General overview: generate a tree to track what's been generated or what's remaining. "select" new permutations by traversing random links in the tree, pruning the tree at the leafs after generation of that permutation to prevent it from being generated again.

Without a whiteboard to diagram this, I hope this description is good enough to describe what I mean: Create a "node" that has links to other nodes for every letter in the alphabet. This could be implemented using a generic map of alphabet letters to nodes or if your alphabet is fixed, you could create specific references. The node represents the available letters in the alphabet that can be "produced" next for generating a permutation. Start generating permutations by visiting the root node, selecting a random letter from the available letters in that node, then traversing that reference to the next node. With each traversal, a letter is produced for the permutation. When a leaf is reached (i.e. a permutation is fully constructed), you'd backtrack up the tree to see if the parent nodes have any available permutations remaining; if not, the parent node can be pruned.

As an implementation detail, the node could store the set of letters that are not available to be produced at that point or the set of letters that are still available to be produced at that point. In order to possibly reduce storage requirements, you could also allow the node to store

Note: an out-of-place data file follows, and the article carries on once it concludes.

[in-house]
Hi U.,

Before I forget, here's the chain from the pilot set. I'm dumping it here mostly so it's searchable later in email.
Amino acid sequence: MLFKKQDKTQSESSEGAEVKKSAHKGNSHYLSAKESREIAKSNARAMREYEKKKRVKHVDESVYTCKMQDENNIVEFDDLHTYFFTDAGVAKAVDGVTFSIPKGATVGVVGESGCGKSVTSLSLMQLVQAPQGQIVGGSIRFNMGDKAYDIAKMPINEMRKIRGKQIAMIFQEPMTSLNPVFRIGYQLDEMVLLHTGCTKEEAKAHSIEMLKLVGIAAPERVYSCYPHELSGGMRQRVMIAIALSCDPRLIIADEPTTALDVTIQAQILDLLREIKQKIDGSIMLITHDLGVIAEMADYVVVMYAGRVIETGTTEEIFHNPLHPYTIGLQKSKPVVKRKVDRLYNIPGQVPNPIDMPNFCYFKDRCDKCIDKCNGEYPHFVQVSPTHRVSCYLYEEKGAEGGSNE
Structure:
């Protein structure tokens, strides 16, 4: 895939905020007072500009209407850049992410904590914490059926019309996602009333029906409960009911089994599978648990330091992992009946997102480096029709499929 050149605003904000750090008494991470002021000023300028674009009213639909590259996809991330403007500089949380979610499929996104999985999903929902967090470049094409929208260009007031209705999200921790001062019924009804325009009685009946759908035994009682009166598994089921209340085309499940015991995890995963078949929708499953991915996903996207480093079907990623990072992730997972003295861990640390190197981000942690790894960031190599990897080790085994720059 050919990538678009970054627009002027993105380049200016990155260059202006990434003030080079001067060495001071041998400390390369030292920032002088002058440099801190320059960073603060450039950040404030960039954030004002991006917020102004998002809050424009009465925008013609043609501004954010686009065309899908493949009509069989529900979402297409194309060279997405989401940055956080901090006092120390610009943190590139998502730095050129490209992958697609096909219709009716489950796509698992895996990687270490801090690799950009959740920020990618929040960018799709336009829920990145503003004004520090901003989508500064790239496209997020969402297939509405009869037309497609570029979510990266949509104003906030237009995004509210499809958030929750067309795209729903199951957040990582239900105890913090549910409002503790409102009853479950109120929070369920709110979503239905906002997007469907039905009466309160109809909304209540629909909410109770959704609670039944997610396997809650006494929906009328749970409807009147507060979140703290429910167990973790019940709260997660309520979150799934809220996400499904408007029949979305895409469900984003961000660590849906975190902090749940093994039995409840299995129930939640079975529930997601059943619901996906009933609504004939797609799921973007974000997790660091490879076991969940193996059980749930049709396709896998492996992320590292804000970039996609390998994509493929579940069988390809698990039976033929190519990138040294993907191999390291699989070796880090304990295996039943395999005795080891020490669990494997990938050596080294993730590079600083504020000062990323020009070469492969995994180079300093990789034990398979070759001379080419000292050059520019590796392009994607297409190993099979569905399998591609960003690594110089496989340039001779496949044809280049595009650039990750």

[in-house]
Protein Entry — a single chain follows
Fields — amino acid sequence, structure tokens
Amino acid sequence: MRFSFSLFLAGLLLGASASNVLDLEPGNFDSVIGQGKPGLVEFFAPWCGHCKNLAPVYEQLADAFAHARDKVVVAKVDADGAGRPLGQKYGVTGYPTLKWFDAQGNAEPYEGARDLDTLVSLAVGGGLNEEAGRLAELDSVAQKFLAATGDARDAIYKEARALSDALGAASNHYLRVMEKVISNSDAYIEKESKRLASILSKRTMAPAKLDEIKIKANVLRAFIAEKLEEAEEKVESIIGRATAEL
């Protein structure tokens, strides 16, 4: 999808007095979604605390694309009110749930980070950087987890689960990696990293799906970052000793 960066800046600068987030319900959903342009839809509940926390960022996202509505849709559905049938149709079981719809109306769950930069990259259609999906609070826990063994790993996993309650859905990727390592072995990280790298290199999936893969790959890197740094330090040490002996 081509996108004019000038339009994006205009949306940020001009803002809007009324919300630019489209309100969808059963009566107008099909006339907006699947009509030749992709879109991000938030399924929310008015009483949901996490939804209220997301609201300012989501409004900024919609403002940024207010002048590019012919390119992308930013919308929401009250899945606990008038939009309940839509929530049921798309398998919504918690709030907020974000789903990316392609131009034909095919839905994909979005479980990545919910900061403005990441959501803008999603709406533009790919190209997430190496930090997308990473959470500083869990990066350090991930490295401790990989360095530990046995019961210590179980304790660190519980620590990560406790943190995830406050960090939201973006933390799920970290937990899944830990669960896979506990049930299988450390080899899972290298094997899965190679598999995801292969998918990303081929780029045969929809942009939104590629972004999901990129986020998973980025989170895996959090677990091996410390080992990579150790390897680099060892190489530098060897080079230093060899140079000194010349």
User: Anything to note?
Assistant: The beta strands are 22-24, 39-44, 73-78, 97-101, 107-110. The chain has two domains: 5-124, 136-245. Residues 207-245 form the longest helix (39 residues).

eitherwith a flag indicating which it's doing so that when the node allows more than half the alphabet it stores the letters produced so far and switch to using the letters remaining when there's less than half the alphabet available.Using such a tree structure limits what can be produced without having to pre-generate all combinations since you don't need to pre-construct the entire tree (it can be constructed as the permutations are generated) and you're guaranteed to complete because of the purging of the nodes (i.e. you're only traversing links to nodes when that's an allowed combination for an unproduced permutation).

I believe the randomization of the technique is a little odd, however, and I don't think each combination is equally likely to be generated at any given time, though I haven't really thought through this. It's also probably worth noting that even though the full tree isn't necessarily generated up front, the overhead involved will likely be enough such that you may be better off pre-generating all permutations.